"Prices are not going down," Chase said. Chase said the town could save some money if he buys stone by March.

"We have one-third of the stone in stock for roads," he said.

"How many roads have blacktop"" Nickelsberg asked.

"All of them," Chase replied.

Nickelsberg addressed Chase, and said he’d like to get together with him in the next five days;

— Heard from County Legislator Alexander (Sandy) Gordon. Gordon said Albany County’s 2007 budget has decreased 2 percent from this year, although $1.6 million was added to the county budget for workers’ compensation insurance. Instead of buying on the public market, Gordon said, the county created a pool for itself.

"We would like to extend this service to municipalities and schools," Gordon said.

Gordon also cited the Advanced Life Support program, which provides fly-cars in emergencies.

This year, Bethlehem joined the group of municipalities, resulting in a reduction for each member.

Gordon also reported that sales tax receipts countywide were up 12 percent from last year;

— Heard from Nickelsberg that residents will be able to take three five-gallon buckets of salt and sand from the town’s supply for $1. The practice was stopped in February after Vernon Husek spotted G. Jon Chase loading a private truck.

William Ryan, the town’s attorney, said that the practice was illegal and that the resolutions passed in the 1990’s allowing it were also illegal. In November, former councilman Barry Kuhar asked the board to reconsider the decision. "We live in a small town. The town always took care of us, and we always took care of the town," Kuhar said.

"It’ll be on the honor system," Nickelsberg said; and

— Welcomed new members Shane E. Schroeder and Kyle McCormack to the Medusa Volunteer Fire Company.

In split vote, Knox Town Board hires Quay for town post
GOP’s Gage says job candidates should be interviewed

By Tyler Schuling

KNOX — The Knox Town Board appointed David Quay to be a transfer-station attendant, despite Councilwoman Patricia Gage’s recommendation to interview candidates before appointing.

William Salisbury, who has worked at the transfer station for 17 years, is retiring at the end of the year. His son is the highway superintendent, Gary Salisbury. There are three transfer station attendants.

David Quay, who has worked for Albany County as an operator, sent a letter to the town listing his qualifications and experience, and stated his interest in the position. Gage said Linda Carman was also interested in the post.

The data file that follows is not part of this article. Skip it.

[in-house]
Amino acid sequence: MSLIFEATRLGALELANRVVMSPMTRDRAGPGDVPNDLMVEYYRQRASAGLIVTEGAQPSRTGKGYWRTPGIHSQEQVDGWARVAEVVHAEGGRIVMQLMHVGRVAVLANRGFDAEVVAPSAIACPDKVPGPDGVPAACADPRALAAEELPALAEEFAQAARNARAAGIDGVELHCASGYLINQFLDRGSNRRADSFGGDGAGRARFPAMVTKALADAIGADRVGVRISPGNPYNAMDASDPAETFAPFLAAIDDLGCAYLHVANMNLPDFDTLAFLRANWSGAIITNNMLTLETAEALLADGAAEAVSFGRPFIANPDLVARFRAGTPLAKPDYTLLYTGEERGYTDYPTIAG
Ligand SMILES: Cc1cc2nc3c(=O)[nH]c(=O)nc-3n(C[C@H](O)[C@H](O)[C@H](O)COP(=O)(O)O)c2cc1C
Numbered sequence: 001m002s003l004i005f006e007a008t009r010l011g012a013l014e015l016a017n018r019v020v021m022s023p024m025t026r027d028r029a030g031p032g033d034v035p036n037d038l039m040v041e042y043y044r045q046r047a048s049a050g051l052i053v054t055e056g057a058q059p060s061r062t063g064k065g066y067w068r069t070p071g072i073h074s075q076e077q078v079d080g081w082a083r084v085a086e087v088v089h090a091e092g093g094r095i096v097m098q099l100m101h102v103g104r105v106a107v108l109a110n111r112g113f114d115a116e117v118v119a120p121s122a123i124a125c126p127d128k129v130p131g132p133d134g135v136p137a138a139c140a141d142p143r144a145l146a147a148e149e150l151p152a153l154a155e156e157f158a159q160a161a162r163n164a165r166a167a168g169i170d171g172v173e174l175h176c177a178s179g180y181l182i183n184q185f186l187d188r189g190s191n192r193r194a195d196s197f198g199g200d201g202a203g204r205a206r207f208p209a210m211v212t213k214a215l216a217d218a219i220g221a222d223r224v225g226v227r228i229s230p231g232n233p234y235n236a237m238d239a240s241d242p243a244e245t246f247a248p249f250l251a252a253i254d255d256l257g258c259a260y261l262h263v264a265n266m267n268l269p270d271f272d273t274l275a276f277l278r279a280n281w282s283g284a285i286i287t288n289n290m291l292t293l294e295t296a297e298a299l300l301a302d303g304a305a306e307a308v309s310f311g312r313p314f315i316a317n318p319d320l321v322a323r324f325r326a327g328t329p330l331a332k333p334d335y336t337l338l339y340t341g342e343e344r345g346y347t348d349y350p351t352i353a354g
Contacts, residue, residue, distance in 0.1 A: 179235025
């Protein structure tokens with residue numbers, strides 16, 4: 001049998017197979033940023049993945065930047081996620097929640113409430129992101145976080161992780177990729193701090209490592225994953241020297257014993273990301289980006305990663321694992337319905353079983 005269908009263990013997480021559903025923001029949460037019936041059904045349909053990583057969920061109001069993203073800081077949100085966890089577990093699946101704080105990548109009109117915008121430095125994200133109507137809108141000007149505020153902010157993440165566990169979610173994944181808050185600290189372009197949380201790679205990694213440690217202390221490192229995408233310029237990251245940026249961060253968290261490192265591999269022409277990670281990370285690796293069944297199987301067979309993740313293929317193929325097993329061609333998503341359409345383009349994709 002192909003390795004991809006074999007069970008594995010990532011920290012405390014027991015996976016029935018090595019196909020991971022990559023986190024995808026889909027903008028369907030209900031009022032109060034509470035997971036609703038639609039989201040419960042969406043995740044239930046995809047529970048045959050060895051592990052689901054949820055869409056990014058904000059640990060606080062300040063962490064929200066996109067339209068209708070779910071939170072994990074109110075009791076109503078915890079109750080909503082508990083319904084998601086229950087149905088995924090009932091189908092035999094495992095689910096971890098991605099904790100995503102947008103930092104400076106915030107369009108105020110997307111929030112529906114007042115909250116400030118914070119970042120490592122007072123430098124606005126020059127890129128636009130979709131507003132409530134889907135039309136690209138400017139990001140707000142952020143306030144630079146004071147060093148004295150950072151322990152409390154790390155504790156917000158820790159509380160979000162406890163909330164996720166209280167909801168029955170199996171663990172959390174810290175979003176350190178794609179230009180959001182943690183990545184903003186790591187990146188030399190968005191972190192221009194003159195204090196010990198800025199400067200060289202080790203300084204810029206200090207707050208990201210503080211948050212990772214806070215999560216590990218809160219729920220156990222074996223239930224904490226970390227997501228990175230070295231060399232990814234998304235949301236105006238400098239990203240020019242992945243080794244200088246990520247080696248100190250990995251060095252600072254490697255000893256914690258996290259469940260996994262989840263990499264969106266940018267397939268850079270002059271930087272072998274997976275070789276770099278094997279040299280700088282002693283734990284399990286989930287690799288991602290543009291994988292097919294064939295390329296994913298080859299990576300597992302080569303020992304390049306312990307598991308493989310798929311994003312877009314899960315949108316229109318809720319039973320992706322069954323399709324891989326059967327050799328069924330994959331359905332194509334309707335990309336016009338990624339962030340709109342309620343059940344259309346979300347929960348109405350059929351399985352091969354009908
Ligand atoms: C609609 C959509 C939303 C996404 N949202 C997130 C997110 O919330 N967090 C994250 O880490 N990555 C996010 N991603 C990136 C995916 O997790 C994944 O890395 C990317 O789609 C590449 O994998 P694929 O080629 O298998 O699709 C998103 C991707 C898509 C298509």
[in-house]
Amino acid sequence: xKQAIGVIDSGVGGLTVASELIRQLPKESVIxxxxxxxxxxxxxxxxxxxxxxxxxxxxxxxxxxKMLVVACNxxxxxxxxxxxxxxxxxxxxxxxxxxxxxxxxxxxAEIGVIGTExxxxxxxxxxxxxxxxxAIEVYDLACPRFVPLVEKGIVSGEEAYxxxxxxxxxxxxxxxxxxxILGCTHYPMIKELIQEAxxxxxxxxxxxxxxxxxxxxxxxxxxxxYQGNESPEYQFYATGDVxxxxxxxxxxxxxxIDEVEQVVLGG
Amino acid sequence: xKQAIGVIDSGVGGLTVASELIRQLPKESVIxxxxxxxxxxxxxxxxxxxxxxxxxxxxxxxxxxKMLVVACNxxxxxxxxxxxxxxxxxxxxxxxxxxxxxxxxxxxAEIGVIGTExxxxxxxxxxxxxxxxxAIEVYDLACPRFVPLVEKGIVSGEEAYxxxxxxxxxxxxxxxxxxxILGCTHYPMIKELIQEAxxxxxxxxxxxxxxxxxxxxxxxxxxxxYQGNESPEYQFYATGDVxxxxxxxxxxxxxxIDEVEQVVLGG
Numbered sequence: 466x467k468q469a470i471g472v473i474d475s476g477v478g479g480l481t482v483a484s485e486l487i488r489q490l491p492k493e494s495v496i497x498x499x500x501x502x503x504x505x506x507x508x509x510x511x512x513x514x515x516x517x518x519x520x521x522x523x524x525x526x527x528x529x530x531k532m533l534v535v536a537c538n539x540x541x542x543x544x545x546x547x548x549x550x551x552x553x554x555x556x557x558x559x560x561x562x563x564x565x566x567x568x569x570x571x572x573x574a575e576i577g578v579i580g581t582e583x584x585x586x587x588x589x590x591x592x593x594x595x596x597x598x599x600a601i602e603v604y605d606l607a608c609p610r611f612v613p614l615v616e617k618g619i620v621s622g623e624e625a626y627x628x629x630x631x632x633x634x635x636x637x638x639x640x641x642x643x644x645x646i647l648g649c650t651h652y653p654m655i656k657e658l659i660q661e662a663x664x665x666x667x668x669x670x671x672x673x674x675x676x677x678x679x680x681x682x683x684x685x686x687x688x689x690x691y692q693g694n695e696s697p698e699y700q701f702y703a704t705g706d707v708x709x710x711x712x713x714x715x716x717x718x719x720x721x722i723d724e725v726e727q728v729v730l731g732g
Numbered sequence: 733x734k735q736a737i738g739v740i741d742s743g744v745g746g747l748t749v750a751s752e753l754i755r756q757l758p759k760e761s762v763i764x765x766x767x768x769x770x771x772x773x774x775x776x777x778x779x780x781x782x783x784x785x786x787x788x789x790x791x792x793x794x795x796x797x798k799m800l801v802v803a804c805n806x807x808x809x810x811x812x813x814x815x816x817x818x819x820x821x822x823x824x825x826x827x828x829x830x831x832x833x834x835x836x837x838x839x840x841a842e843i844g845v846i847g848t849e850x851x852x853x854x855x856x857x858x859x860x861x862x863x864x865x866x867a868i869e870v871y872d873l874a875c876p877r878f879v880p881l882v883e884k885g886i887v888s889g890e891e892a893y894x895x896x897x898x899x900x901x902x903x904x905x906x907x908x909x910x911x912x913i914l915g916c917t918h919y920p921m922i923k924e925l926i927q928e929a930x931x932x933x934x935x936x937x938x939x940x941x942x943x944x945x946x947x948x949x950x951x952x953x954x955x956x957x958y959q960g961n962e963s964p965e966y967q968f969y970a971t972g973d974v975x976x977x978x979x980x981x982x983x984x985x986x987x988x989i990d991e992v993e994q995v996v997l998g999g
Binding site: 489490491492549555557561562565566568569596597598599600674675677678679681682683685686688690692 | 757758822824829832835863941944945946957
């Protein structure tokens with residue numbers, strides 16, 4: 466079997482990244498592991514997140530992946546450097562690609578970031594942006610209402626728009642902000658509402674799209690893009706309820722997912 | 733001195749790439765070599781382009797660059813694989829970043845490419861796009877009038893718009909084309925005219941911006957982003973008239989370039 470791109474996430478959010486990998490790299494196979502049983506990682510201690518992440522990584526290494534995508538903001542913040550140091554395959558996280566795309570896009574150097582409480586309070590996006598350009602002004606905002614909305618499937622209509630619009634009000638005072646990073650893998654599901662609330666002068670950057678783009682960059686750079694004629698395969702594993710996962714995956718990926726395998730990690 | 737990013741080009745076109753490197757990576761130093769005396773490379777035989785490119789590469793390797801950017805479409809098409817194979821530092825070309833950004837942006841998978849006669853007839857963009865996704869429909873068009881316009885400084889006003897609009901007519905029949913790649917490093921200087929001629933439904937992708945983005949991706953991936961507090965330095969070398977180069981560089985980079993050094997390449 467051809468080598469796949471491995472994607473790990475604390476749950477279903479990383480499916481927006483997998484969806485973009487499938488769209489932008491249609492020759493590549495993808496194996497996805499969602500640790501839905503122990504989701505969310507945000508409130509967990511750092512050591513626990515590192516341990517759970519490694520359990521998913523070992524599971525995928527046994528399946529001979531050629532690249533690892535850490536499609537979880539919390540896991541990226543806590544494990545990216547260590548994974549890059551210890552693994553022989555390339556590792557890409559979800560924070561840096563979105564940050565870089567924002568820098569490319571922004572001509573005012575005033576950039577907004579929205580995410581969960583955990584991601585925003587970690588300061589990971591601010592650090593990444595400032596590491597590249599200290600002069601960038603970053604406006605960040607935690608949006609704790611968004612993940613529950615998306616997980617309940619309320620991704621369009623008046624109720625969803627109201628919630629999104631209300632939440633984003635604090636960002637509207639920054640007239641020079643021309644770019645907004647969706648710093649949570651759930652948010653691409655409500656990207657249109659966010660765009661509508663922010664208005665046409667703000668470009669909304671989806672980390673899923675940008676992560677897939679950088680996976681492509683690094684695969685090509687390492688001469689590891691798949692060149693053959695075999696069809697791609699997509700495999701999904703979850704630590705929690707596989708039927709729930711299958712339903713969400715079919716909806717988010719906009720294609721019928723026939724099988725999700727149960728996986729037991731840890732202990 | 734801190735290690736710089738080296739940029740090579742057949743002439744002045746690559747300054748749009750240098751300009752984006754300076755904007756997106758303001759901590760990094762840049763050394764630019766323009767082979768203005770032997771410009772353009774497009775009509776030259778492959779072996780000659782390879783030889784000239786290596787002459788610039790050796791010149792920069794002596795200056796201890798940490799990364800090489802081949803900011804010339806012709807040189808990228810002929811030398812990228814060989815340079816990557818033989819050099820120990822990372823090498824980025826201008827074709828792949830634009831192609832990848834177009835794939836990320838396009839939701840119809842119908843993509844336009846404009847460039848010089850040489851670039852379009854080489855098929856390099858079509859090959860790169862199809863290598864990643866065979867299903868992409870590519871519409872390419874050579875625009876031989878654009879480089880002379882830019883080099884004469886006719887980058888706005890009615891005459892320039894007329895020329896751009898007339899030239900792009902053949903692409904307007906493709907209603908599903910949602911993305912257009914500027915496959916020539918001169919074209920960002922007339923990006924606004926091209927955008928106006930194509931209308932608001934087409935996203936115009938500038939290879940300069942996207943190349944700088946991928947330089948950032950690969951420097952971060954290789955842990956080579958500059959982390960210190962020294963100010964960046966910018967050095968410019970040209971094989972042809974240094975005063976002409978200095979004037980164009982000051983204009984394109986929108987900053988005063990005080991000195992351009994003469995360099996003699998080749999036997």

The board deliberated, and Gary Salisbury said that the two remaining transfer station attendants, John Oliver and Richard Dexter, move up by seniority. Salisbury said his biggest concern is moving Oliver inside. Salisbury also said the work at the transfer station is "really tough."

Councilman Nicholas Viscio, a Democrat, made a motion to appoint Quay to the transfer station, not as Salisbury’s replacement.

Gage, a Republican, then asked if the board is obliged to interview candidates before making a decision, and added that it wasn’t fair not to give both people a chance.

The board voted 4-1 to appoint Quay, with Gage the sole dissenter.

Supervisor Michael Hammond asked the board to thank William Salisbury and wish him good health. He said that Salisbury was a "very good employee" and, that, while he was at the transfer station, "everything ran smoothly."

Though William Salisbury is scheduled to stop working at the end of the year, his son doesn’t know whether he will last that long on the job.

"I don’t know if he’s going to make it to the end of the year," Gary Salisbury said, adding that his father has been very sick.

Other business

In other business, the town board:

— Held a public hearing on the town’s Section 8 Housing Choice Voucher Program for next year. Terry Ray, of Section 8 Rental Assistance in Schenectady, told the board that Knox currently has 16 families in the federally-funded program, and two are on the family self-sufficiency program.

Joseph Mastrianni told The Enterprise yesterday that, of the 16 families, 12 still reside in Knox. Knox has been participating in the program since 1995, he said. There are 20 slots available to the town, and Ray expects the remaining four slots will soon be occupied.